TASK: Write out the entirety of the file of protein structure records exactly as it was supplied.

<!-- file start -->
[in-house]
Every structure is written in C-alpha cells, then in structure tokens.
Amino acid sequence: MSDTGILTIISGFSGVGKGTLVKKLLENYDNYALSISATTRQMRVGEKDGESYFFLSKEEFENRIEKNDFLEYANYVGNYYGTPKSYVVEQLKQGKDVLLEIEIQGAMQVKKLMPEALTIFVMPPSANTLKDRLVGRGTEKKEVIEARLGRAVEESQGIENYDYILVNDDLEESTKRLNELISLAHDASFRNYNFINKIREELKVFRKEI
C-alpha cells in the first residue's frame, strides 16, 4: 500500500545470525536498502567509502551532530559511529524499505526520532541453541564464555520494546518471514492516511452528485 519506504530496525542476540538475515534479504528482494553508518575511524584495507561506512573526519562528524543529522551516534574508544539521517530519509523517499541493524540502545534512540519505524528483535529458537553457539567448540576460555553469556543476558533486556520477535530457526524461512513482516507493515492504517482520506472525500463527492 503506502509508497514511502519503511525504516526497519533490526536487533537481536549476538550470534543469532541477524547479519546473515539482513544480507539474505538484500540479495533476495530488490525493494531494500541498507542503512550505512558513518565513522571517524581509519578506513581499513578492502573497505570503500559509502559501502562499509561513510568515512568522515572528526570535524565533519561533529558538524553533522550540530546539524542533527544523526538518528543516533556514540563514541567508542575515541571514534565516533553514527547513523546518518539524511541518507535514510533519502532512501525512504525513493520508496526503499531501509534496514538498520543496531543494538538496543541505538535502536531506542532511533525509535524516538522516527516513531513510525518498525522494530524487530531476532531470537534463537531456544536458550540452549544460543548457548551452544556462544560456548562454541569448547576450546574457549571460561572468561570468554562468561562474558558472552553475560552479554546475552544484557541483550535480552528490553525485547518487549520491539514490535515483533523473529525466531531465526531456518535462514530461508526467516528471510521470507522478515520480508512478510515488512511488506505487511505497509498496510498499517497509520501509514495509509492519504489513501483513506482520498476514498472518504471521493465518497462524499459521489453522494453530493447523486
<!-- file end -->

[in-house]
Every structure is written in C-alpha cells, then in structure tokens.
Amino acid sequence: MSDTGILTIISGFSGVGKGTLVKKLLENYDNYALSISATTRQMRVGEKDGESYFFLSKEEFENRIEKNDFLEYANYVGNYYGTPKSYVVEQLKQGKDVLLEIEIQGAMQVKKLMPEALTIFVMPPSANTLKDRLVGRGTEKKEVIEARLGRAVEESQGIENYDYILVNDDLEESTKRLNELISLAHDASFRNYNFINKIREELKVFRKEI
C-alpha cells in the first residue's frame, strides 16, 4: 500500500545470525536498502567509502551532530559511529524499505526520532541453541564464555520494546518471514492516511452528485 519506504530496525542476540538475515534479504528482494553508518575511524584495507561506512573526519562528524543529522551516534574508544539521517530519509523517499541493524540502545534512540519505524528483535529458537553457539567448540576460555553469556543476558533486556520477535530457526524461512513482516507493515492504517482520506472525500463527492 503506502509508497514511502519503511525504516526497519533490526536487533537481536549476538550470534543469532541477524547479519546473515539482513544480507539474505538484500540479495533476495530488490525493494531494500541498507542503512550505512558513518565513522571517524581509519578506513581499513578492502573497505570503500559509502559501502562499509561513510568515512568522515572528526570535524565533519561533529558538524553533522550540530546539524542533527544523526538518528543516533556514540563514541567508542575515541571514534565516533553514527547513523546518518539524511541518507535514510533519502532512501525512504525513493520508496526503499531501509534496514538498520543496531543494538538496543541505538535502536531506542532511533525509535524516538522516527516513531513510525518498525522494530524487530531476532531470537534463537531456544536458550540452549544460543548457548551452544556462544560456548562454541569448547576450546574457549571460561572468561570468554562468561562474558558472552553475560552479554546475552544484557541483550535480552528490553525485547518487549520491539514490535515483533523473529525466531531465526531456518535462514530461508526467516528471510521470507522478515520480508512478510515488512511488506505487511505497509498496510498499517497509520501509514495509509492519504489513501483513506482520498476514498472518504471521493465518497462524499459521489453522494453530493447523486